Saturday, March 03, 2007

Melted meter—what to do?

Analog meters. Very old-school, I know. But for teaching circuit concepts to students, I think they're great. Needle rides up and down like the one in a speedometer. Circuit physics is not very "naked-eye," so I think it's good to use a meter that has a familiar look and feel. Some teachers prefer digital meters and they have their reasons. To each his/her own.

I use DC voltmeters (0-10 V) and dual-range DC ammeters (0-1 A, 0-5 A), each one less than $20. In one lab, I have students connect each meter in series and in parallel in succession. They decide which is connection more useful for each meter. Series for the ammeter and parallel for the voltmeter, as fortune would have it.

Though the meters are, um, "inexpensive," they hold up pretty well under the conditions of the introductory laboratory. My students are generally very good about treating equipment well. And I do what I can to encourage that behavior.

But things do happen. The meter pictured above is an ammeter. (Click the image for a larger view.) It had been connected to a variable DC power supply in parallel to the circuit whose characteristics were to be measured. Using voltmeter test lead wires. In a lab whose instructions included, in ALL CAPS, the admonition that the test leads were to remain connected to the voltmeter at all times and were never to be connected to the ammeter.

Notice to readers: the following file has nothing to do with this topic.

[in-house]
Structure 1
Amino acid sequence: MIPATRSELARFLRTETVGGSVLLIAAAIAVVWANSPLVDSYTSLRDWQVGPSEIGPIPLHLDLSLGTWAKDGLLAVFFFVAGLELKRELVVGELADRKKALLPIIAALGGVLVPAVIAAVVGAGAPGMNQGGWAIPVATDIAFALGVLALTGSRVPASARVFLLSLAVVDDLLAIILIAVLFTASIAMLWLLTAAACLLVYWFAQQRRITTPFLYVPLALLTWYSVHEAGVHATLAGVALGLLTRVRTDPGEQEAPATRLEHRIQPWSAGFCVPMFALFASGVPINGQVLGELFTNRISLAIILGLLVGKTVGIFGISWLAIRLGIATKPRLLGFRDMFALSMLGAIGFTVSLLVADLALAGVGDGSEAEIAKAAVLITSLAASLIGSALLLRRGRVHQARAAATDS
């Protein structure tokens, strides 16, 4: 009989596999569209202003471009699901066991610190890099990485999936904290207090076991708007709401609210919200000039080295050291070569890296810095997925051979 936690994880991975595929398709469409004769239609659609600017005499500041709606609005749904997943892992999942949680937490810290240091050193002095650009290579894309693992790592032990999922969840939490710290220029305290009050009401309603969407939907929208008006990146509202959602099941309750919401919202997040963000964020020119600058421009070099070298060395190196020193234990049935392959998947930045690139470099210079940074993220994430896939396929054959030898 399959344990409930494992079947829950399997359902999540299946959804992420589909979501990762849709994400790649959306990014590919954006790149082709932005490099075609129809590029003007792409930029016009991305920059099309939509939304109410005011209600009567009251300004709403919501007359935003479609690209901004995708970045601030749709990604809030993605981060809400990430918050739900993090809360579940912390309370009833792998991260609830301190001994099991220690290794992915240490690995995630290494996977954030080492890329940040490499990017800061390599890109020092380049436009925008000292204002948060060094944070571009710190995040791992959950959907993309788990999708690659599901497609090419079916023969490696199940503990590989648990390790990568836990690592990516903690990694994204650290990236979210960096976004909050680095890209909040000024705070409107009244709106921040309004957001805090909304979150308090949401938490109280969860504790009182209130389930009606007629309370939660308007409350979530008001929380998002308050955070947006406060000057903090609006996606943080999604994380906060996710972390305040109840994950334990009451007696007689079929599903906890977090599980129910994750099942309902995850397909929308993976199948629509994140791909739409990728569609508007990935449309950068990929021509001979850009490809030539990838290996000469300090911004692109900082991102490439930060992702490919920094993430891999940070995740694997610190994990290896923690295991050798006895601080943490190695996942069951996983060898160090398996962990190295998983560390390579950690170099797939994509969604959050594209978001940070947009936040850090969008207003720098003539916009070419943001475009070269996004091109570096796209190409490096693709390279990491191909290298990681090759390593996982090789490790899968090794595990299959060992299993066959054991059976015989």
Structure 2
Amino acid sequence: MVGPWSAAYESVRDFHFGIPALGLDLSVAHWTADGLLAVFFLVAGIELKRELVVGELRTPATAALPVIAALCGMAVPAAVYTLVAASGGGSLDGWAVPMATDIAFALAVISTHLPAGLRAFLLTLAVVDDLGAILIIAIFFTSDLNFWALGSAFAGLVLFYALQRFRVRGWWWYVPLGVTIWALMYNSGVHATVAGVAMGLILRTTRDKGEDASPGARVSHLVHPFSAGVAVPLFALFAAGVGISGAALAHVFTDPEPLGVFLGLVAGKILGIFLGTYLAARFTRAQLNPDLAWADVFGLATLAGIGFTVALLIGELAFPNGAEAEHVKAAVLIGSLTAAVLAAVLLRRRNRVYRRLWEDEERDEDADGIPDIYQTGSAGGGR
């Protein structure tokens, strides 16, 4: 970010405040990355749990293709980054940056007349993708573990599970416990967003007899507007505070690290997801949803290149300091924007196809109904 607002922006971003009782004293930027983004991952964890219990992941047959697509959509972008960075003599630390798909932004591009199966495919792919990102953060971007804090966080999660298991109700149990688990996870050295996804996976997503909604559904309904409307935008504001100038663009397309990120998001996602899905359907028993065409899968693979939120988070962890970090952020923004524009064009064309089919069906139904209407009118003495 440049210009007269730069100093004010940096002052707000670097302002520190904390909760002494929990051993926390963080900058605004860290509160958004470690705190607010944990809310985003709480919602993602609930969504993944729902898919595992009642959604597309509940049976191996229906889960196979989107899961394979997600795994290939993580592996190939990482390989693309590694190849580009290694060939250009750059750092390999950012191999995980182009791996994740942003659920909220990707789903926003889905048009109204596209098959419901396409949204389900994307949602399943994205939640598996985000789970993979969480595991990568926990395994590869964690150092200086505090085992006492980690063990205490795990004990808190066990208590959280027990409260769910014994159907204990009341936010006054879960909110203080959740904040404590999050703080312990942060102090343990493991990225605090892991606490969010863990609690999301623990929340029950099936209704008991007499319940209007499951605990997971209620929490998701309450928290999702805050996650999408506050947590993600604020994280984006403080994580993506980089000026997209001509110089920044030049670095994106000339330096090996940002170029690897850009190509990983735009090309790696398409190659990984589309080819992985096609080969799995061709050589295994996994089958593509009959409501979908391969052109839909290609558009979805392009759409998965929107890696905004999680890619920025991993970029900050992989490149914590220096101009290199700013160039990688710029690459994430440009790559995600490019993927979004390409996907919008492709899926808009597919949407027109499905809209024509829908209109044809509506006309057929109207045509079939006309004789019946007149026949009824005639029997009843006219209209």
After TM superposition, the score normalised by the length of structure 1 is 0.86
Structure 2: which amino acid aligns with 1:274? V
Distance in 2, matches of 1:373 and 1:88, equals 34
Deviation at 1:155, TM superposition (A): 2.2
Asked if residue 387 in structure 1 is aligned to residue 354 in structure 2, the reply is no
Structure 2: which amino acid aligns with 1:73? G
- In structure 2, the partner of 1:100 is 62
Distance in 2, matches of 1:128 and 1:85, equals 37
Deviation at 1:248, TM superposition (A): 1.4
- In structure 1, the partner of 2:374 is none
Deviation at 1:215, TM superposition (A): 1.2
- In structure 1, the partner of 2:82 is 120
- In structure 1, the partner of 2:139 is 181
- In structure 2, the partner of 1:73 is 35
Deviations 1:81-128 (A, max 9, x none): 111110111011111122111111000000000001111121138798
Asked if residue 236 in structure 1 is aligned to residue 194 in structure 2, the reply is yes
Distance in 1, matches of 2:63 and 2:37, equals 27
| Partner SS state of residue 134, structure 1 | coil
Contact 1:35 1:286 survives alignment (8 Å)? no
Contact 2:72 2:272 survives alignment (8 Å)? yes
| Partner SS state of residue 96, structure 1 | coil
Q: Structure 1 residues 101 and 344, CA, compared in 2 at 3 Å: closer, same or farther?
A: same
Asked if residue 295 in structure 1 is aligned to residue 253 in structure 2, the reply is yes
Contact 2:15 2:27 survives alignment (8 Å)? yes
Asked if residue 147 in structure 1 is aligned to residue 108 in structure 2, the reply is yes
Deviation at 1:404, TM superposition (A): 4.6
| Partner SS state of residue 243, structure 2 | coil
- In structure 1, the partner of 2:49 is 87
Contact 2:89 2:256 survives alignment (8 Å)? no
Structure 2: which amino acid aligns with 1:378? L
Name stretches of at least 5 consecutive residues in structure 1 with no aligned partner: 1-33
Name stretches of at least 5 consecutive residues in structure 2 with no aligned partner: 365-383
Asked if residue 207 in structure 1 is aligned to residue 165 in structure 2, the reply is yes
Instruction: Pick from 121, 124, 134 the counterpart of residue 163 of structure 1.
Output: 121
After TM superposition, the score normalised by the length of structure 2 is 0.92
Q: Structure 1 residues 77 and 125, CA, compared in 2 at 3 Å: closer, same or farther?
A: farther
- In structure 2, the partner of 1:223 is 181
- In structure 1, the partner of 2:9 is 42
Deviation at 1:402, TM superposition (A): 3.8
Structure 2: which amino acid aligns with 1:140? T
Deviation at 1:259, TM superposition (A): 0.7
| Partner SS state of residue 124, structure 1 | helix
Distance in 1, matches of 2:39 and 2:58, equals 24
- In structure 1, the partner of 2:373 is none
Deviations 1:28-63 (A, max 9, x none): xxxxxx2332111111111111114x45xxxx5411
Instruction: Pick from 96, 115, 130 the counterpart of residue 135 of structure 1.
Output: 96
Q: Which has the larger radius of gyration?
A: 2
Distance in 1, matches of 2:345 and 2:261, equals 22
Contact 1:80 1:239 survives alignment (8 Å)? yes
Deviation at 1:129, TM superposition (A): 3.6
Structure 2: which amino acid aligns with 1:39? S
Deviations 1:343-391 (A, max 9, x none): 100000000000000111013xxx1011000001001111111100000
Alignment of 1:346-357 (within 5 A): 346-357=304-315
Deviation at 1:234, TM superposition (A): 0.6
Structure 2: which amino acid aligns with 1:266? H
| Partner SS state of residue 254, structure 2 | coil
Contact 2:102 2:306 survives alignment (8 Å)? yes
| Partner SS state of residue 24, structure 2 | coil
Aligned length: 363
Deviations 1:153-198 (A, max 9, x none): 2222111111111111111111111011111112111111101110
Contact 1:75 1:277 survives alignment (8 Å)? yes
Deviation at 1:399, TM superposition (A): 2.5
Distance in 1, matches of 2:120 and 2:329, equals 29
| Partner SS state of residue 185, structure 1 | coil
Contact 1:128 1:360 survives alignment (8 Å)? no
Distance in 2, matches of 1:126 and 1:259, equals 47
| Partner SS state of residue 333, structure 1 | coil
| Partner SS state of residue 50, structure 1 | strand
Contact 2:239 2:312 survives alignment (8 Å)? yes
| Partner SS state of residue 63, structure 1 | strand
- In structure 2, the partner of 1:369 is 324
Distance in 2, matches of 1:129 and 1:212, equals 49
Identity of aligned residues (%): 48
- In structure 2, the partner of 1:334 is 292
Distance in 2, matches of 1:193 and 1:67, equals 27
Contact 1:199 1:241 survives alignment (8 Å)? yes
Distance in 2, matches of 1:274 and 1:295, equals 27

This was our third lab using the ammeters, and the second one using the power supplies.

What to do about the students who melted the meter by not following instructions? What would you do?


Anonymous said...

I read this, realized my group used the voltmeter leads in the ammeter at one point, panicked that our group broke it, and then noticed the big "B" on the melty one. Looks like I'm in the clear.

But my lab answers have got to be all wrong.

Stevie Ray said...

Intall an in-line fuse at one side of the power source. You control the max. current - not the students.

Dean Baird said...

Thanks, Stevie Ray. The supplies have a circuit breaker for their own safety. It was this model (ah, CENCO...).

I want to have access to 5A if I can get it (for magnetism labs). The meters are capable of handling 5A when properly connected (negative terminal and +5A terminal). But as I recall, the lab group in question had the test leads connected to both positive terminals of the ammeter.

Anonymous said...

I collect a $5 "insurance" fee at the beginning of the year. When things break, I check to see if they paid their insurance. If not, their parents get a bill if the student was negligent. If they did, I just replace the equipment. I usually have enough $ left over to buy some new cool stuff.